The early November sighting of a large pod of right whales in the Grand Manan Channel once again brought to the forefront the dilemma of protecting the whales while letting fishermen earn a living.

Lobster set day for Grand Manan fishermen was to have been Nov. 14 but a possible decision by the Canadian Department of Fisheries and Oceans to delay the season’s opening was made moot by gale force winds on that day.

On the 14th, fishermen met to learn that set day would be on the 15th, given the weather forecast of abating winds and the fact that the number of right whales had dropped from 32 on Nov. 10 to12 on Nov. 14. “They’re pretty much on the ferry route between the Wolves and the whistle [buoy],” Melanie Sonnenberg, project manager for the Grand Manan Fishermen’s Association, said at the time.

She added that fishermen had agreed to maintain a distance of two kilometers from any whale, and that a phone number would be posted for fishermen on Grand Manan and Campobello to get information and also provide information on sightings.

“We’re encouraging fishermen to be especially vigilant,” Sonnenberg said.

Fishermen on both sides of the channel will tell you that the bulk of the lobsters are caught within the first two weeks of the season. So the delay of even one day can have serious consequences.

“It’s no exaggeration to say that the New Brunswick economy turns on the success of the lobster seasons,” Sonnenberg said.

She added that fishermen have been, and continue to be, “proactive” in the protection of the whales. “On the past we’ve dealt with it on our own, and we think we’ve done a pretty good job. And we’ve encouraged our fishermen to work with the whale people. But in the past our efforts have barely been acknowledged. The fact that some whales stayed behind is not that alarming to those of us in the fishery. This year the stir was caused by the visibility of the whales.”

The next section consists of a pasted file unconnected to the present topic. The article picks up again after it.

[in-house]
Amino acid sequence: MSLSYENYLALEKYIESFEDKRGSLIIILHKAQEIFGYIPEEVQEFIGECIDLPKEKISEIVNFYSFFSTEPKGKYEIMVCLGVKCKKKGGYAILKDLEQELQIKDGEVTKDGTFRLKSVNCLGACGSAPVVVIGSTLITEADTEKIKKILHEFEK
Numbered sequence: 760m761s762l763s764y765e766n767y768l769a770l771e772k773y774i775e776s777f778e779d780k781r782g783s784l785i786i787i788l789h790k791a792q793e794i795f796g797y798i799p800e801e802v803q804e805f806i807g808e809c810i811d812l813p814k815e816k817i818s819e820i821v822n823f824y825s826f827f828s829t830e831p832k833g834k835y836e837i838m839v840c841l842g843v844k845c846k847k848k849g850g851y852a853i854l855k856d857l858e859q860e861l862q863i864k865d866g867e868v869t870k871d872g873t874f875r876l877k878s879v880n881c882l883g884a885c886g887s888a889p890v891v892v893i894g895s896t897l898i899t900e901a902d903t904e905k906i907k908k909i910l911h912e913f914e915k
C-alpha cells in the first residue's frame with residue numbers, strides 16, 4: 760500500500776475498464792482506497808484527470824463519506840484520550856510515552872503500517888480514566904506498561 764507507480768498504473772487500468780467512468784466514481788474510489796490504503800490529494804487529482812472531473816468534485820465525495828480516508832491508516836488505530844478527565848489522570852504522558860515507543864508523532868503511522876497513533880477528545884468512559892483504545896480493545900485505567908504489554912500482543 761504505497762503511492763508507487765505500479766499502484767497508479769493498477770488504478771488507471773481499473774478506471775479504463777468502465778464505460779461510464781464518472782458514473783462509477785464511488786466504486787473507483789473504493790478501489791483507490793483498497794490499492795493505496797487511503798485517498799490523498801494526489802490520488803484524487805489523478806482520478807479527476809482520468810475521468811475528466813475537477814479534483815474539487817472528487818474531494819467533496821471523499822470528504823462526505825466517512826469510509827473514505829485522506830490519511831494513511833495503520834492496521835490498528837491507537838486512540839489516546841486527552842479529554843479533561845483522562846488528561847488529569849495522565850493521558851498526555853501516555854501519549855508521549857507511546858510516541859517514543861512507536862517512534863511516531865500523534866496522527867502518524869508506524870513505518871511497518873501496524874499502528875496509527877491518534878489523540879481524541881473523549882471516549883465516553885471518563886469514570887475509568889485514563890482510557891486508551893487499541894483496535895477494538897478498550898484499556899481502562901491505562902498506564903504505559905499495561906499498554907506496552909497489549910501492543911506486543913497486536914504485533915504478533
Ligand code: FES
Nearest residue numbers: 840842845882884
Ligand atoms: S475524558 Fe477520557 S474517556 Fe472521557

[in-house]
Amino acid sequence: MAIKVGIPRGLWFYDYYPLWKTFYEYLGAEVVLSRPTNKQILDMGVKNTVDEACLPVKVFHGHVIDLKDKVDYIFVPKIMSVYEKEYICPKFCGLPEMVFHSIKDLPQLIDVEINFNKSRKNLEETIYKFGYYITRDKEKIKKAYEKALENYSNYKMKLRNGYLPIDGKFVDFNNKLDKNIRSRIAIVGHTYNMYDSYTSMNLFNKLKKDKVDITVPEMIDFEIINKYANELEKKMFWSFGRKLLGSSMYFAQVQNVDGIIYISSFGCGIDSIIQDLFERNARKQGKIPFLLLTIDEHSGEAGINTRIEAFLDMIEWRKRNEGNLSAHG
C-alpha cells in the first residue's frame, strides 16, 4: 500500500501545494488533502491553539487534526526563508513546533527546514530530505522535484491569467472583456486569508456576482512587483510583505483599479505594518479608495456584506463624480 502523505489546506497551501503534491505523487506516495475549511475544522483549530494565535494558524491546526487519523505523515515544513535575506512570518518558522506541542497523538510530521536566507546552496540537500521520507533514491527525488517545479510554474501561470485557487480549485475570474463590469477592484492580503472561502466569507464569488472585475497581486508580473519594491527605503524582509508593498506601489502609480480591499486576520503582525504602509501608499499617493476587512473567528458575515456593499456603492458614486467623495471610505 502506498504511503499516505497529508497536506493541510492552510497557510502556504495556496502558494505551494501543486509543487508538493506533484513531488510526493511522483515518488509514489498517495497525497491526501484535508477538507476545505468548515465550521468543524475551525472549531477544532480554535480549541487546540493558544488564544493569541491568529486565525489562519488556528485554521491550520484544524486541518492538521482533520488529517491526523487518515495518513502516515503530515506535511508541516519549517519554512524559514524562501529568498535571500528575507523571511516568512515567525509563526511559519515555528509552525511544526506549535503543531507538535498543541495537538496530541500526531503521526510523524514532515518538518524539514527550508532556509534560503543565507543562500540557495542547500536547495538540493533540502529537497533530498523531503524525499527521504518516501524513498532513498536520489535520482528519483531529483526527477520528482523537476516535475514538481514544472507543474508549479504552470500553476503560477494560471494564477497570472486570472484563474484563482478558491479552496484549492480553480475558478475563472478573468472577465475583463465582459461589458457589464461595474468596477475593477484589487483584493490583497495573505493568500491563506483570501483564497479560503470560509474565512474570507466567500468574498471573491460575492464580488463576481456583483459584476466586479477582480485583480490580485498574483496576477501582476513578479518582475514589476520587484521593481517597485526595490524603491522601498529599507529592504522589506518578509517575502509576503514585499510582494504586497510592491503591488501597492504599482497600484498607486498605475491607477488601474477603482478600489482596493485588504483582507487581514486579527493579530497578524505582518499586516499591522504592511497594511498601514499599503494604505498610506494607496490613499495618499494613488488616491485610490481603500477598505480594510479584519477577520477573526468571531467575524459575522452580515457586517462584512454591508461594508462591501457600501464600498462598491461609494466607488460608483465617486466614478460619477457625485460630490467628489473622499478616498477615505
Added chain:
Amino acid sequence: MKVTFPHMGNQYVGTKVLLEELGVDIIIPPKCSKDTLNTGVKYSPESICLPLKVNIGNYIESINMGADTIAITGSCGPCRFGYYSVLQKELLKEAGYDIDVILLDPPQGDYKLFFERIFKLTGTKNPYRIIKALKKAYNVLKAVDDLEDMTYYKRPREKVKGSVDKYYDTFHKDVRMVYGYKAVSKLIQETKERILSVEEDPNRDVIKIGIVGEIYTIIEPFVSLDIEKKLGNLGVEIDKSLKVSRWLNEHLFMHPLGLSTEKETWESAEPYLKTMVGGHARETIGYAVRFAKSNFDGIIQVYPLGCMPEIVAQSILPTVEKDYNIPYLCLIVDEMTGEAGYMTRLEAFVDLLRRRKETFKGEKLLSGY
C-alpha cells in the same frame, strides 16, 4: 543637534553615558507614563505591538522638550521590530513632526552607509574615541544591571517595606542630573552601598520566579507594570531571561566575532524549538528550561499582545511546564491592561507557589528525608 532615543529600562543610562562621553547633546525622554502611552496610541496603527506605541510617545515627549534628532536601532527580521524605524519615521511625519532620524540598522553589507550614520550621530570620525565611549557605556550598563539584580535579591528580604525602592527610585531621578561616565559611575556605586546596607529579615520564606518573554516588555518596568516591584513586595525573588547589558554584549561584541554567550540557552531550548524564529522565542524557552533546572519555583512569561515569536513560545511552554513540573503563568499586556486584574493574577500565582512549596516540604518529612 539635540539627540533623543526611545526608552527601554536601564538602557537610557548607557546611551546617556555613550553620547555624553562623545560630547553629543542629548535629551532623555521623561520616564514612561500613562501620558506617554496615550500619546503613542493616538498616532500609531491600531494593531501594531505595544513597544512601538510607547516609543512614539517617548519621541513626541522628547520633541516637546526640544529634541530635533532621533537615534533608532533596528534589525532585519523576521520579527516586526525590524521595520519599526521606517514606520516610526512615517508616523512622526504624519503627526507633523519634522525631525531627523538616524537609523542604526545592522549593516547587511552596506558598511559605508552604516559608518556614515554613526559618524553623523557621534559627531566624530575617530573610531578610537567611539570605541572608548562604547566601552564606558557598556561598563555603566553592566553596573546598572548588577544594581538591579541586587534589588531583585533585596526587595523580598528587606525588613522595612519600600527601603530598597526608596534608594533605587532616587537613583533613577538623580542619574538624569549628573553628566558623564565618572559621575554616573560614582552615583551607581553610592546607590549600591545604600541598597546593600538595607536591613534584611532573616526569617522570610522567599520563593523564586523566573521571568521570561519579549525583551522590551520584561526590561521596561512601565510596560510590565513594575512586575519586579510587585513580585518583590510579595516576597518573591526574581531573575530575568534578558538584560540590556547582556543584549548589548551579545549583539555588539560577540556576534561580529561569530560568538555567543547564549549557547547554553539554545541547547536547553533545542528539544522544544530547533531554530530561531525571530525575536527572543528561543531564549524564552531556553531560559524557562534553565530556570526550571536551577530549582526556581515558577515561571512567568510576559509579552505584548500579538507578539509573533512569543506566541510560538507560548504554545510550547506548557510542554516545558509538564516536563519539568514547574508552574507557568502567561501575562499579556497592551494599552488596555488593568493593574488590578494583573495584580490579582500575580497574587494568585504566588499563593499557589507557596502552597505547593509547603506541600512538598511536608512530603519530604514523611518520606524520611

Laurie Murison, managing director of the Grand Manan Whale & Seabird Research Station, said, “It is unusual to have so many right whales between Grand Manan and the mainland this time of year. It is not unusual, however, to still have right whales in the bay since they can remain here until as late as December, sometimes even longer. They are, however, usually in the Grand Manan Basin with a few coming into more coastal areas.”

She added, “It is always a concern at the beginning of the lobster season for this area (Lobster Areas 38 and 36) to have right whales here. Any fixed gear is potentially hazardous to right whales in that they are prone to entanglement in float and ground lines. While it is hoped that the whales will move out of the area shortly, there is always a possibility many will remain. However, some have already begun moving south and have been seen east of Portland, Maine.”

Murison concluded, “It is not an easy situation. The livelihood of many fishermen and the coastal communities they live in depends on the lobster industry. We can also not afford to lose any more right whales prematurely. What happens when the right whales leave here must also be considered in that they must travel through areas that also have fixed fishing gear.”

“We know we have to coexist with the whales,” Sonnenberg said. “We have done that, and we are doing that.”